HONG KONG (Reuters Breakingviews) - A Glencore coal split could scratch multiple itches. The $42 billion commodities giant is the world’s largest thermal coal exporter, at a time when miners are under growing pressure from investors to clean up. Separating the dirty fuel from the rest would help that, and more. It might even make sense for boss Ivan Glasenberg to lead the carve-out.
Coal, where Glasenberg cut his teeth, made up roughly a third of EBITDA last year. That’s thanks to a jump in prices mid-year, but high margins have made it a reliable cash generator. Even so, tougher environmental, social and governance rules at large funds could prove costly for miners like Glencore, which also digs metals essential to the green economy, if they get cut out.
Carving out thermal – along with less significant coking coal production - would burnish environmental credentials more than a February decision to cap output. It may also shine a light on a lacklustre valuation. With forecast 2019 free cash flow of $6.3 billion, according to Refinitiv, and rivals’ yields at around 10%, Glencore should be worth over $60 billion; instead, it has a market value just two-thirds of that.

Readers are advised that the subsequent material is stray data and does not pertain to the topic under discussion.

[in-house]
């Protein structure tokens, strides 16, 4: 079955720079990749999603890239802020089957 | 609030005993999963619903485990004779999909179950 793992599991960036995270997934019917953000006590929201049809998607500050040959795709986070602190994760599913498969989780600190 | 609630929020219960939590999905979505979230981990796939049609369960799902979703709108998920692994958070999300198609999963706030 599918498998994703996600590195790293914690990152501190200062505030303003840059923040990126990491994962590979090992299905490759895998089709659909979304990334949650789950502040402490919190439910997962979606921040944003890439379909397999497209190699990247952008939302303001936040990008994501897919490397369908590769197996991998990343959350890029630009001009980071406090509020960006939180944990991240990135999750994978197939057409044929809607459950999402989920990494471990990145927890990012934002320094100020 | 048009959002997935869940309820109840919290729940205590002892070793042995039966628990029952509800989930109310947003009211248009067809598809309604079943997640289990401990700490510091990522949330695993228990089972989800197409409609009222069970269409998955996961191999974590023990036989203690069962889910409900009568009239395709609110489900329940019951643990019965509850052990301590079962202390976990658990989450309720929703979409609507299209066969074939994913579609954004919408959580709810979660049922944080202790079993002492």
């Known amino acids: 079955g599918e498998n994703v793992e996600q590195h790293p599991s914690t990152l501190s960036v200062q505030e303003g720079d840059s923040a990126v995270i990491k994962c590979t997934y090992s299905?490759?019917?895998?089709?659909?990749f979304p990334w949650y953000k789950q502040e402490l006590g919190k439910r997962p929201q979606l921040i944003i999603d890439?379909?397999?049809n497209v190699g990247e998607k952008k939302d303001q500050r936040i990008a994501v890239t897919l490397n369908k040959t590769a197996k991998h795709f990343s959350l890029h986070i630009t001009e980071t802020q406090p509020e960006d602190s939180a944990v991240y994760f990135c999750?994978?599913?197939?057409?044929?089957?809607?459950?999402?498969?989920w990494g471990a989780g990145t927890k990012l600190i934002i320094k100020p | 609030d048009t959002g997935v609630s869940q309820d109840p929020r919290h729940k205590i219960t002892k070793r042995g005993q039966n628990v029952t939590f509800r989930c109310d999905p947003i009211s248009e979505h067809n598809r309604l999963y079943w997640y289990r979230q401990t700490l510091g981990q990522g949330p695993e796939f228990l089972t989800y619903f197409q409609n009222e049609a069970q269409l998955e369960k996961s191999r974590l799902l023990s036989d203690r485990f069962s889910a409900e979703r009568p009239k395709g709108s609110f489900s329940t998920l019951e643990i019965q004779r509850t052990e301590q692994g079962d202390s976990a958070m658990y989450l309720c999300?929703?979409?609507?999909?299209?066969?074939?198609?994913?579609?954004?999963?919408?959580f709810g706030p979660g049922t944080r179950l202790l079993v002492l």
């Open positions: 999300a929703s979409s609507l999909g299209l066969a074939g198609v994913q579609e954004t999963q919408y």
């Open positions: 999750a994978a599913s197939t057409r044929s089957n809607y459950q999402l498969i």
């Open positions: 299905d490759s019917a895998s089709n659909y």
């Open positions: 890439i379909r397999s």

Of course, that discount is not just coal: there are problems with copper and a U.S. Department of Justice investigation. But a separately listed coal business could follow coal-to-aluminium producer South32, which has had an annualised total shareholder return, in U.S. dollars, of over 10% since splitting from BHP in 2015. Glencore’s equivalent is some minus 7%.
A split could even solve Glencore’s succession question. Building an acquisitive coal powerhouse focused on Asian demand would make an eventual Glasenberg departure less of a step down. Assuming EBITDA of $5.2 billion for 2019 and the multiples on which rivals trade, a coal-only entity could be worth $26 billion. Factoring in leverage around 3 to 4 times EBITDA, that would leave $8 billion of equity to be raised - tough but not impossible, with Glasenberg’s Glencore equity and a name to woo partners.
None of this is on the cards - yet. A split would have to factor in Glencore’s coal trading operation, which has serious working capital demands. Still, the group has sustained long relationships trading minerals with companies it doesn’t own. Coal is unloved and lucrative. Split it off, and it can happily remain so.
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